The 10 “Arrested Development” secondary characters we want back for the fourth season


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Sure, we still don’t have a new season of “Arrested Development.” No, Mitch Hurwitz and the cast still haven’t started filming the show. And, yes, the chance of an “Arrested Development” movie hitting theaters any time soon seems to be diminishing rapidly, especially since Hurwitz never mentioned it during a recent Netflix event in Las Vegas. All of that stuff sucks for the time being, but at least we do have Bob Loblow.

At the event, Hurwitz confirmed that Bob Loblaw would have a role in fourth season of “Arrested Development.” We were overjoyed, and that got us thinking of the other characters we’d love to see return. Nearly every secondary or one-shot character in the show left some sort of impression, so we picked out our 10 favorites and listed them off below. In our opinion, a fourth season wouldn’t be complete without them.

Kitty Sanchez
If there’s anyone who’s going to bring down the Bluth family, it’s going to be Kitty Sanchez. When IFC caught up with Judy Greer recently, she said she wanted Kitty to come back with all the Bluth’s secrets and “take the whole family down.” While we don’t know if that awesome storyline is now officially jinxed, it would almost be criminal to have a fourth season of “Arrested Development” where we don’t say goodbye to these.

Steve Holt
You know you’re a character worth keeping when fans start a petition to get you involved with a new season of a show. Steve Holt is one of our favorite ongoing jokes in “Arrested Development.” And now that we know Maeby and Steve are not first cousins because her mother Lindsay was adopted, Gob Bluth’s bastard can again be the romantic competition for George Michael.

Ah, Annyong, you got the greatest revenge of all on the Bluths when you orchestrated the second U.S. Securities and Exchange Commission raid on the family in the series finale. It only makes sense that Lucille’s adopted Korean son — real name Hel-loh — come back in some capacity in the fourth season. After all, he’ll obviously want to brag about how he brought the not-so-powerful Bluth family to justice. He at least should be happy to not be living in the model home’s walls anymore.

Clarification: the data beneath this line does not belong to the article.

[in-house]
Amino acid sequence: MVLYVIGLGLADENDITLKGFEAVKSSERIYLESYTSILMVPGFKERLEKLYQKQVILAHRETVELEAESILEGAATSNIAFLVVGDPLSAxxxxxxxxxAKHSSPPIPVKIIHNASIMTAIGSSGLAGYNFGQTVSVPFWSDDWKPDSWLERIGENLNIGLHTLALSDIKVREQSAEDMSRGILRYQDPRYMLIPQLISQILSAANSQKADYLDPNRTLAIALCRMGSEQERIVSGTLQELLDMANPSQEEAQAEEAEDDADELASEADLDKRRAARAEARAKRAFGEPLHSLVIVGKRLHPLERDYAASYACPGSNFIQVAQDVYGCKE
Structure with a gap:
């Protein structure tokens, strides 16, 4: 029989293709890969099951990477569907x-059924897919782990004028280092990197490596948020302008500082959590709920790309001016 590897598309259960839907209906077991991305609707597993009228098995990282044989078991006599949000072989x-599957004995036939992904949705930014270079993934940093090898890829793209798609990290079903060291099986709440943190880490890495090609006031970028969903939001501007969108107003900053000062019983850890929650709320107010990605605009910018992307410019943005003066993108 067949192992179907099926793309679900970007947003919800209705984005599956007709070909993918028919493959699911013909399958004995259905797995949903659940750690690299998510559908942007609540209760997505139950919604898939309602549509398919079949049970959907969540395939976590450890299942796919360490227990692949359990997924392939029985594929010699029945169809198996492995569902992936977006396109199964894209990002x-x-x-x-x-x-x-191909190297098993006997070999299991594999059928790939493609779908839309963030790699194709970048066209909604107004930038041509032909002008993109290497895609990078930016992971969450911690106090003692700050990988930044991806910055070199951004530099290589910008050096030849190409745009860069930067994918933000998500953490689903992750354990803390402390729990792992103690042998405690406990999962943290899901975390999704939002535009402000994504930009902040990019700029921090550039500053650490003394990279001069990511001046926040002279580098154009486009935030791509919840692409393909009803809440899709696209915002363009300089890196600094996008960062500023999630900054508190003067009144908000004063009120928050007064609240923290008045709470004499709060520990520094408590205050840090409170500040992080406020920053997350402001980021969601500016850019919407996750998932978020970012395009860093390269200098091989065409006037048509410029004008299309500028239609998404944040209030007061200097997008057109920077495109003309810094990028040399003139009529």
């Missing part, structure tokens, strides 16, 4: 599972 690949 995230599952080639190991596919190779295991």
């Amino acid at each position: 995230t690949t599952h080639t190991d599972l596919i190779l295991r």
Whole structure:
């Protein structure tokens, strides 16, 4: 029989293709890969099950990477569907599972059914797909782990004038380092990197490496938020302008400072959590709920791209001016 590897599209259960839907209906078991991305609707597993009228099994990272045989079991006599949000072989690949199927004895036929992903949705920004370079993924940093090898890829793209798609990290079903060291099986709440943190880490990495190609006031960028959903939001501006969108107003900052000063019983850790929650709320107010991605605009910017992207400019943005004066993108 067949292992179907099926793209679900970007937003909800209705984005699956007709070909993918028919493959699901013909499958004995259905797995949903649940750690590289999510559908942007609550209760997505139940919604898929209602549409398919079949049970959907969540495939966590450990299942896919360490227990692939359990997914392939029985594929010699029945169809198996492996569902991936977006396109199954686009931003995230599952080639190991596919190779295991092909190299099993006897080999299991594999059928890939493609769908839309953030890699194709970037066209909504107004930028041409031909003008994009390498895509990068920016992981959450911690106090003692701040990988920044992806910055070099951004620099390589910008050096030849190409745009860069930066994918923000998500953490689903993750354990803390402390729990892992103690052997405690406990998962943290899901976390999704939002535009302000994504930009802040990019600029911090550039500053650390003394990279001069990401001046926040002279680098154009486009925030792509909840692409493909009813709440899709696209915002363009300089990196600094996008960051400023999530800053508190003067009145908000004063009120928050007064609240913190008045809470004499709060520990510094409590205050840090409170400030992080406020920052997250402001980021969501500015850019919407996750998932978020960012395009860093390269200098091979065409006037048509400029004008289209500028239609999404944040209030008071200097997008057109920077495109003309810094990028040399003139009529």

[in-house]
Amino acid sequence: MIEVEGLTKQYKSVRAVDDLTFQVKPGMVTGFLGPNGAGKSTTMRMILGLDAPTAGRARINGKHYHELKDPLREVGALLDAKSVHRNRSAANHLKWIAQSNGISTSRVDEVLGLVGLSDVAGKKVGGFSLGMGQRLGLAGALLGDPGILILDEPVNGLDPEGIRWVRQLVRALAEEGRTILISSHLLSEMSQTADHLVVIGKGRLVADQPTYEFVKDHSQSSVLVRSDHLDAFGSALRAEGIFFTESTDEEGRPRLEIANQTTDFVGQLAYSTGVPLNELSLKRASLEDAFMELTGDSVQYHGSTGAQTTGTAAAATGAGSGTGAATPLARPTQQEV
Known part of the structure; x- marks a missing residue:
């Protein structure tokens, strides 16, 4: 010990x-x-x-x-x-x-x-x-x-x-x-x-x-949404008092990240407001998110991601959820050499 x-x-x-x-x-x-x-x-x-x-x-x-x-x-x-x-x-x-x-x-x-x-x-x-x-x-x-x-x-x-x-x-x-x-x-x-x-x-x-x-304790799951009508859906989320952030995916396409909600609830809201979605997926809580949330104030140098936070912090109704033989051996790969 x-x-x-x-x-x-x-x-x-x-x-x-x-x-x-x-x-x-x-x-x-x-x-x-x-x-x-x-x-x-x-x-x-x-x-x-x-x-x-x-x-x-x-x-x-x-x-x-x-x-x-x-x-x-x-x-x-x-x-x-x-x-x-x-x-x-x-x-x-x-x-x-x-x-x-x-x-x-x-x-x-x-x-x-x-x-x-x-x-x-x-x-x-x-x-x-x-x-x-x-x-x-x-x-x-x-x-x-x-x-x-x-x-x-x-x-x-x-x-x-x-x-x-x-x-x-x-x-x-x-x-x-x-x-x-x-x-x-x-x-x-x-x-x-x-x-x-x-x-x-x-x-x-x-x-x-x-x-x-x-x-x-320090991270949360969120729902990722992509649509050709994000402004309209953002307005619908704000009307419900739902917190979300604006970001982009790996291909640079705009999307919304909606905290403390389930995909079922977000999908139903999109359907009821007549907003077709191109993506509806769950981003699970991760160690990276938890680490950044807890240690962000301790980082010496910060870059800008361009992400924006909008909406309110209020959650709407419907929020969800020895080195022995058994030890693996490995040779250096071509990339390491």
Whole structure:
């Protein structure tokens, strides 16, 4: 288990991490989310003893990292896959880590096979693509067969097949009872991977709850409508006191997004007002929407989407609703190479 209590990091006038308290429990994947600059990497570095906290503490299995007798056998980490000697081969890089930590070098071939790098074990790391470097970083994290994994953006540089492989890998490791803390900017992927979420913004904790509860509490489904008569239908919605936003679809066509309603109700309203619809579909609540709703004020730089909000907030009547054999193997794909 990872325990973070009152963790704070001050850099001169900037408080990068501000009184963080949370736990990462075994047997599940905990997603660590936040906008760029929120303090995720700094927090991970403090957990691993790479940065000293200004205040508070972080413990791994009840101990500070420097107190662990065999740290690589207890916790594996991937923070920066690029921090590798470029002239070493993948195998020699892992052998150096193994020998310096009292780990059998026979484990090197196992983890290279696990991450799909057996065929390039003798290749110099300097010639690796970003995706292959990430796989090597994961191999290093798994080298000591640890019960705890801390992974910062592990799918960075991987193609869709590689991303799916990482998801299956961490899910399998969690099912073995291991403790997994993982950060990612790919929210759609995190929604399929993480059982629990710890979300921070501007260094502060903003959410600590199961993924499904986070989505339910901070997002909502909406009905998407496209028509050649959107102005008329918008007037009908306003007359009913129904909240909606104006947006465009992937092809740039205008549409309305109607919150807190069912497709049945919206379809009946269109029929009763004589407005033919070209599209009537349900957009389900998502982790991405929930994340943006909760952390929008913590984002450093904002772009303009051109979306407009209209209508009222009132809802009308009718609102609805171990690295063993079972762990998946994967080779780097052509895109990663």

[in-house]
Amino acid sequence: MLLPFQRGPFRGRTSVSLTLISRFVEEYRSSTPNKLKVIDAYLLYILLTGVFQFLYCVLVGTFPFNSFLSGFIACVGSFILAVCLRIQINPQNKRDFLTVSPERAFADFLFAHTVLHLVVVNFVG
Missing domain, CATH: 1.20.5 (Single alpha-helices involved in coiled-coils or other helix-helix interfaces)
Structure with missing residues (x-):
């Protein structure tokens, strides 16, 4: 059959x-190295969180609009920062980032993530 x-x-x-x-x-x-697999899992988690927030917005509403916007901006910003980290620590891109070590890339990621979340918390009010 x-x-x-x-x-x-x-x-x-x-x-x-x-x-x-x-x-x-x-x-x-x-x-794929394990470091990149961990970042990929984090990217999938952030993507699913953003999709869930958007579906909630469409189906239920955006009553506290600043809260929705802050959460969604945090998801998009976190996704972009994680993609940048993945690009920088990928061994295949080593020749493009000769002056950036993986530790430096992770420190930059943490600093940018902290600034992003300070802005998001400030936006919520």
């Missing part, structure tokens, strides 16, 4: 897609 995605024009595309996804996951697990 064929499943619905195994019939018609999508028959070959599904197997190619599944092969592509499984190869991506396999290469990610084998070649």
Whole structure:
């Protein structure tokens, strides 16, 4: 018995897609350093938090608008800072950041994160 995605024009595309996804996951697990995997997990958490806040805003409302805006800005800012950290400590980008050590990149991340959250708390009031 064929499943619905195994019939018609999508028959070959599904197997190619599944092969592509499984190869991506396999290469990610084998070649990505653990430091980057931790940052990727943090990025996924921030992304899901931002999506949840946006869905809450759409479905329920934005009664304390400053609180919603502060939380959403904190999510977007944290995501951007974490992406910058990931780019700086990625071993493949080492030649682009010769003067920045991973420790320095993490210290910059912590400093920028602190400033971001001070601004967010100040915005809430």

Rita Leeds
No, we didn’t just include Rita on this list because we’re desperate for Charlize Theron to return to the show. Not only was the British plotline in “Arrested Development’s” third season one of its funniest (and most tragic, to be fair), it’s also the closest Michael has ever come to happiness. He ended up canceling his engagement to the mentally challenged millionaire daughter of two first cousins (sorry George Michael and Maeby) once he found out about her retardation, but that should be no reason to prevent her from returning to the show — or at least being referenced — this time around.

Ann Veal
Will Michael remember Ann’s name if he saw her again in “Arrested Development’s” fourth season? Probably not. But that will make it even funnier if she comes back to the show. Maybe she and George Michael have gotten serious again, or maybe she’s still frisking around with Gob. Since Ann will likely be in her 20s now, it would be even more hilarious if she and Michael had started up a serious relationship (after all, he doesn’t like older women) but it is a mandatory requirement that she is involved with someone in the Bluth family.


New Nasty

Whips, Chains and Hand Sanitizer

Turn On The Full Season Of Neurotica At IFC's Comedy Crib

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Jenny Jaffe has a lot going on: She’s writing for Disney’s upcoming Big Hero 6: The Series, developing comedy projects with pals at Devastator Press, and she’s straddling the line between S&M and OCD as the creator and star of the sexyish new series Neurotica, which has just made its debut on IFC’s Comedy Crib. Jenny gave us some extremely intimate insight into what makes Neurotica (safely) sizzle…


IFC: How would you describe Neurotica to a fancy network executive you met in an elevator?

Jenny: Neurotica is about a plucky Dominatrix with OCD trying to save her small-town dungeon. 

IFC: How would you describe Neurotica to a drunk friend of a friend you met in a bar?

Jenny: Neurotica is about a plucky Dominatrix with OCD trying to save her small-town dungeon. You’re great. We should get coffee sometime. I’m not just saying that. I know other people just say that sometimes but I really feel like we’re going to be friends, you know? Here, what’s your number, I’ll call you so you can have my number! 

IFC: What’s your comedy origin story?

Jenny: Since I was a kid I’ve dealt with severe OCD and anxiety. Comedy has always been one of the ways I’ve dealt with that. I honestly just want to help make people feel happy for a few minutes at a time.